Stuart L. Klein

Executive Director

Survivor Spotlight: Carlotta and Dick Cooley

A married couple from Sarasota, Florida, was the first to have proton therapy at the same time. Now, eight years later, they are both cancer free. To see more of their remarkable story, watch below:

VTOC Is Now Mobile Friendly

Screen Shot 2017-02-21 at 12.45.28 PM.pngVTOC (Vision Tree Optimal CareTM) access is even easier when you add the web app to your tablet or smartphone. Think of VTOC as your virtual doctor’s office where you can view and upload your records, see reminders, and exchange messages with your UF Health Proton Therapy Institute medical team all in a secure environment.

The VTOC web app is compatible with both Apple and Android mobile devices. To add the VTOC web app to your home screen, follow the instructions for the type of mobile device you have.


PALS-Certified Radiation Therapists Raise the Bar

PALS therapists 1_0.jpg

UF Health Proton Therapy Institute radiation therapists are highly skilled medical professionals who are board certified and take continuing education classes to maintain state and national licensure. One of the many requirements to obtain the designation of a radiation therapist is they must become Basic Life Support (BLS) certified. BLS certification prepares an individual to administer CPR or other life-sustaining interventions in case a patient or coworker is nonresponsive. Recently, 15 of the Institute’s radiation therapists advanced their skills and added another layer of protection for pediatric patients by completing a 16-hour course in Pediatric Advanced Life Support (PALS).

“We’re one of the largest pediatric proton centers in the world. Parents can rest assured that everyone who has direct contact with their child has advanced training,” said Trevor Fleming, director of technical services and manager of the radiation therapists. “Less than one percent of therapists in the U.S. are PALS certified.”

PALS certification is beneficial because there are differences in the way life support is administered to children versus adults. Having the knowledge and skills to intervene quickly in the event of an emergency can make a big impact in the patient’s outcome. “Understanding how to rapidly react in a moment of time could mean the difference for someone’s child,” said Fleming. “We feel we have added another layer of protection for our pediatric patients, strengthening an already incredible team of professionals here. It’s one more confidence-builder for parents whose children require our unique technology.”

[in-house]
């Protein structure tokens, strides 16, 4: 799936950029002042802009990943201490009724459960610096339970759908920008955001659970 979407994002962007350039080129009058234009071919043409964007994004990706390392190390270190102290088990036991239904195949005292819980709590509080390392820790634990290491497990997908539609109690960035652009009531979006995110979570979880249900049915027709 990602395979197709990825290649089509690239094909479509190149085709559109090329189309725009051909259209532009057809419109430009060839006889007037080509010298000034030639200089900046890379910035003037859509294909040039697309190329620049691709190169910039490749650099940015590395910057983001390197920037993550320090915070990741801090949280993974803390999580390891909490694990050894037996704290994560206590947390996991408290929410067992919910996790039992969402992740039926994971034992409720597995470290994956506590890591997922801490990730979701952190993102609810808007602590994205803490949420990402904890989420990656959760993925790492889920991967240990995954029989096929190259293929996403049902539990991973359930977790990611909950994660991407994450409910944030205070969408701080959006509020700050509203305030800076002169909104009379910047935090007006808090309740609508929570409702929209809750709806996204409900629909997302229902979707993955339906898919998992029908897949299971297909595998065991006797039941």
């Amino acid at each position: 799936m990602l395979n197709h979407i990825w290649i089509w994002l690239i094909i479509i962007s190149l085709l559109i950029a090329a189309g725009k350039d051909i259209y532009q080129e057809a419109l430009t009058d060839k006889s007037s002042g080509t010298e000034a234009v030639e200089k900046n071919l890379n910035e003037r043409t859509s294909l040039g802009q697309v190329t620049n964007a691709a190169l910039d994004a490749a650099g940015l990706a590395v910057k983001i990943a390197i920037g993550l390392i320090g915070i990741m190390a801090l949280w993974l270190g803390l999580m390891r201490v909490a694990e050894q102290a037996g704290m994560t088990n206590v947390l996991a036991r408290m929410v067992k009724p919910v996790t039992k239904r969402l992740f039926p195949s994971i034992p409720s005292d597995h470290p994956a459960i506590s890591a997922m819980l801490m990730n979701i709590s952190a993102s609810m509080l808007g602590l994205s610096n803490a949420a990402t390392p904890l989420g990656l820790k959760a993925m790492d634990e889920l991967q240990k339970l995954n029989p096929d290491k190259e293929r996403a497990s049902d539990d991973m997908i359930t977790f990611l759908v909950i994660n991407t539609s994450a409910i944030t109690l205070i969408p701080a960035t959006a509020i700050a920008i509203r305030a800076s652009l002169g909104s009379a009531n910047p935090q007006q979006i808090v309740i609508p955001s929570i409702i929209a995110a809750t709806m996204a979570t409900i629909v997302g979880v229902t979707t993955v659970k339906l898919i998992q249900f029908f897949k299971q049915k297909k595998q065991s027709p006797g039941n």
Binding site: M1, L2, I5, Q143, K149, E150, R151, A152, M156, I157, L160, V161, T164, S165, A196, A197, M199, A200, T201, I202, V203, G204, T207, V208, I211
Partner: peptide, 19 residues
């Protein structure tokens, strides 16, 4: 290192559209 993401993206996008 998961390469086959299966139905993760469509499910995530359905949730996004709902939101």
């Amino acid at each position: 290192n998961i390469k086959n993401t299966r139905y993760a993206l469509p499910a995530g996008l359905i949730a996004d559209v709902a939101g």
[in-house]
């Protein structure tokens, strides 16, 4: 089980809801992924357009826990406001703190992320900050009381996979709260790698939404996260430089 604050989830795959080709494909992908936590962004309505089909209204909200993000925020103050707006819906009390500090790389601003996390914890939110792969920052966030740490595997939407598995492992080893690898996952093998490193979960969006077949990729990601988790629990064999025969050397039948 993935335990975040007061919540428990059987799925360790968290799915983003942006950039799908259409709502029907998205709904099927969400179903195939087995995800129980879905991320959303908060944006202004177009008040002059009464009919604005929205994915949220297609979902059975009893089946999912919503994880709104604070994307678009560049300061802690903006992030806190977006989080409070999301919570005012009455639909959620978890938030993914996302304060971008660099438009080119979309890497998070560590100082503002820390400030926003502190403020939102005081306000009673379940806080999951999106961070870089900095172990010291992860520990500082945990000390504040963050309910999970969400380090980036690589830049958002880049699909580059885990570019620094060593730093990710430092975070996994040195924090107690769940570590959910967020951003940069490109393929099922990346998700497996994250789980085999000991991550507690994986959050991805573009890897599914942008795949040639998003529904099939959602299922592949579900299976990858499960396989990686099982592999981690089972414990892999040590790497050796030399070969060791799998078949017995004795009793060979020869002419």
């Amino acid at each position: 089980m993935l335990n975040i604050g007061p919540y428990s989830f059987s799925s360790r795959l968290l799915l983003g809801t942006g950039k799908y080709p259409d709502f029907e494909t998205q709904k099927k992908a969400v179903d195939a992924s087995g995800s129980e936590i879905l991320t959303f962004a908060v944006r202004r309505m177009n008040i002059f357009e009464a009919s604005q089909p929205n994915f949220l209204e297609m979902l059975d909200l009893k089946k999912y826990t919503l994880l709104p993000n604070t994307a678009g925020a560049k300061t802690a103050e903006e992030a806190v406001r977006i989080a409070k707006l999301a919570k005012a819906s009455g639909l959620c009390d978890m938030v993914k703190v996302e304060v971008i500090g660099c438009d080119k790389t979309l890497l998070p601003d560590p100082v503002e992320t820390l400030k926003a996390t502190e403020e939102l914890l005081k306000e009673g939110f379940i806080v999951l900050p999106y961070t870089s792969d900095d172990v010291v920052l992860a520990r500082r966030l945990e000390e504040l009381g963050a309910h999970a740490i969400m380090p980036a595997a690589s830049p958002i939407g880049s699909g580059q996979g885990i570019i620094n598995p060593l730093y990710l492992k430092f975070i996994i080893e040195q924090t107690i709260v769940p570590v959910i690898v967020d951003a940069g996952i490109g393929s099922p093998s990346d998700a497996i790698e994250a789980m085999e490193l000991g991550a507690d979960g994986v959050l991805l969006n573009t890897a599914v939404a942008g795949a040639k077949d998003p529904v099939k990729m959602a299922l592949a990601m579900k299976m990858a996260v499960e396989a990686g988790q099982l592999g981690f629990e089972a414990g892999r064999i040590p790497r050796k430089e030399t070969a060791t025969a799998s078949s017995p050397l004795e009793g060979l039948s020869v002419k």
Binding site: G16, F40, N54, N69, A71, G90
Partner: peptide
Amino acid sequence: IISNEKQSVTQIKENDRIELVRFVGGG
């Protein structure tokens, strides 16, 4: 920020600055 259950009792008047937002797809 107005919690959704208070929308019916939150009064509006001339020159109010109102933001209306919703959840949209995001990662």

Physicians and nurses are with patients as the first line of defense, and now, PALS-certified radiation therapists are an added safety net. “This is different than other proton centers. It’s one more step we’ve made to better the level of care here,” said Fleming.

Executive Director Message

StuartKlein.pngAs the first proton therapy center in the Southeast U.S., it is logical that we would have many “firsts.” We did not stop breaking new ground when we treated our first patient. Instead we have continually pushed ahead to develop and discover ways to best use proton therapy for the benefit of our patients. We share our experiences with other proton therapy providers and cancer specialists. We rely on the collaboration of many people and organizations in our community and worldwide to achieve a greater good. Whether we are publishing patient outcomes or developing new educational tools for children, our ultimate goal is to help patients today and in future generations become cancer-free with minimal to no side effects. 

Stuart L. Klein

Executive Director

Customized app, Proton U, will aid children with cancer treatment


By staff

UF Health Proton Therapy Institute has a new teaching tool designed especially for children who need proton therapy, an advanced type of radiation treatment for cancer. Proton U is a customized app designed to aid children before proton therapy begins by familiarizing them with what to expect during treatment.

Children are often anxious and fearful of the unknown when it comes to their medical treatment. Studies show that we can reduce anxiety and teach coping skills to children through medical play, hands-on learning and pre-treatment tours. The app is a unique way to combine children’s natural curiosity and technology to improve the medical treatment experience.